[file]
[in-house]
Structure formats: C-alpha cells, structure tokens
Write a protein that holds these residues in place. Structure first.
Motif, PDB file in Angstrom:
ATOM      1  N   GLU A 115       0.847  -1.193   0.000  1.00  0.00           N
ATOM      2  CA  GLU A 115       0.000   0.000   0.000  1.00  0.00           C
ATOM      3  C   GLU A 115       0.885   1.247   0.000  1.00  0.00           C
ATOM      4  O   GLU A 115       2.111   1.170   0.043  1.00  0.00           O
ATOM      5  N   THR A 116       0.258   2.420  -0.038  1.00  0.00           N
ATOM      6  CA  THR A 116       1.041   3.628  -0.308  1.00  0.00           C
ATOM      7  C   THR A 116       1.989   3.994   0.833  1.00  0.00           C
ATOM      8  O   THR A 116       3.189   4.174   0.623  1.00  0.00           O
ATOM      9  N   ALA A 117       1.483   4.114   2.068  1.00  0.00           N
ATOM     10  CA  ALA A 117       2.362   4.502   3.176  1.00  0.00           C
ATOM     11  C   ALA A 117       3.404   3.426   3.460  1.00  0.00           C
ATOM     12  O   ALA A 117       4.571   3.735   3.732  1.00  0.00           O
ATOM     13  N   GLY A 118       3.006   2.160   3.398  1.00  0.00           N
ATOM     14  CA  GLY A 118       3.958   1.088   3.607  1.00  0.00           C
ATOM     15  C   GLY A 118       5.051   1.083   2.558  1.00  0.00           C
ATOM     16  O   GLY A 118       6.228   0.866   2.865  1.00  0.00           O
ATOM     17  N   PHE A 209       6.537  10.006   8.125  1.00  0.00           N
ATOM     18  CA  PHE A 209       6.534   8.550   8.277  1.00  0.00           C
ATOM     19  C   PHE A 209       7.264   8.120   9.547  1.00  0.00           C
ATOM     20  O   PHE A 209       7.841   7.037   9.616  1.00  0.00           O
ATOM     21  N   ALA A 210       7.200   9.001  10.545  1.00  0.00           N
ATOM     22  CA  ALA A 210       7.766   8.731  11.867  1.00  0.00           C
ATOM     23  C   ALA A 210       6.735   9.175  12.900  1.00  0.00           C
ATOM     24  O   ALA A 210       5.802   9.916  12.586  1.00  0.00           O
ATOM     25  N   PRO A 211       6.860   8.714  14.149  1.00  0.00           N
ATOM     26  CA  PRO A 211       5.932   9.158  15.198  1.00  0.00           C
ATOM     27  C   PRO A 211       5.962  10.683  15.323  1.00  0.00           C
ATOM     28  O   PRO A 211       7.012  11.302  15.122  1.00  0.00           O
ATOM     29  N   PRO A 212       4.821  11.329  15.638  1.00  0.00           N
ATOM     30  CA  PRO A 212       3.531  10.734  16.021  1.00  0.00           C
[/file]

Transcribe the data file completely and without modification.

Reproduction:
[in-house]
Structure formats: C-alpha cells, structure tokens
Write a protein that holds these residues in place. Structure first.
Motif, PDB file in Angstrom:
ATOM      1  N   GLU A 115       0.847  -1.193   0.000  1.00  0.00           N
ATOM      2  CA  GLU A 115       0.000   0.000   0.000  1.00  0.00           C
ATOM      3  C   GLU A 115       0.885   1.247   0.000  1.00  0.00           C
ATOM      4  O   GLU A 115       2.111   1.170   0.043  1.00  0.00           O
ATOM      5  N   THR A 116       0.258   2.420  -0.038  1.00  0.00           N
ATOM      6  CA  THR A 116       1.041   3.628  -0.308  1.00  0.00           C
ATOM      7  C   THR A 116       1.989   3.994   0.833  1.00  0.00           C
ATOM      8  O   THR A 116       3.189   4.174   0.623  1.00  0.00           O
ATOM      9  N   ALA A 117       1.483   4.114   2.068  1.00  0.00           N
ATOM     10  CA  ALA A 117       2.362   4.502   3.176  1.00  0.00           C
ATOM     11  C   ALA A 117       3.404   3.426   3.460  1.00  0.00           C
ATOM     12  O   ALA A 117       4.571   3.735   3.732  1.00  0.00           O
ATOM     13  N   GLY A 118       3.006   2.160   3.398  1.00  0.00           N
ATOM     14  CA  GLY A 118       3.958   1.088   3.607  1.00  0.00           C
ATOM     15  C   GLY A 118       5.051   1.083   2.558  1.00  0.00           C
ATOM     16  O   GLY A 118       6.228   0.866   2.865  1.00  0.00           O
ATOM     17  N   PHE A 209       6.537  10.006   8.125  1.00  0.00           N
ATOM     18  CA  PHE A 209       6.534   8.550   8.277  1.00  0.00           C
ATOM     19  C   PHE A 209       7.264   8.120   9.547  1.00  0.00           C
ATOM     20  O   PHE A 209       7.841   7.037   9.616  1.00  0.00           O
ATOM     21  N   ALA A 210       7.200   9.001  10.545  1.00  0.00           N
ATOM     22  CA  ALA A 210       7.766   8.731  11.867  1.00  0.00           C
ATOM     23  C   ALA A 210       6.735   9.175  12.900  1.00  0.00           C
ATOM     24  O   ALA A 210       5.802   9.916  12.586  1.00  0.00           O
ATOM     25  N   PRO A 211       6.860   8.714  14.149  1.00  0.00           N
ATOM     26  CA  PRO A 211       5.932   9.158  15.198  1.00  0.00           C
ATOM     27  C   PRO A 211       5.962  10.683  15.323  1.00  0.00           C
ATOM     28  O   PRO A 211       7.012  11.302  15.122  1.00  0.00           O
ATOM     29  N   PRO A 212       4.821  11.329  15.638  1.00  0.00           N
ATOM     30  CA  PRO A 212       3.531  10.734  16.021  1.00  0.00           C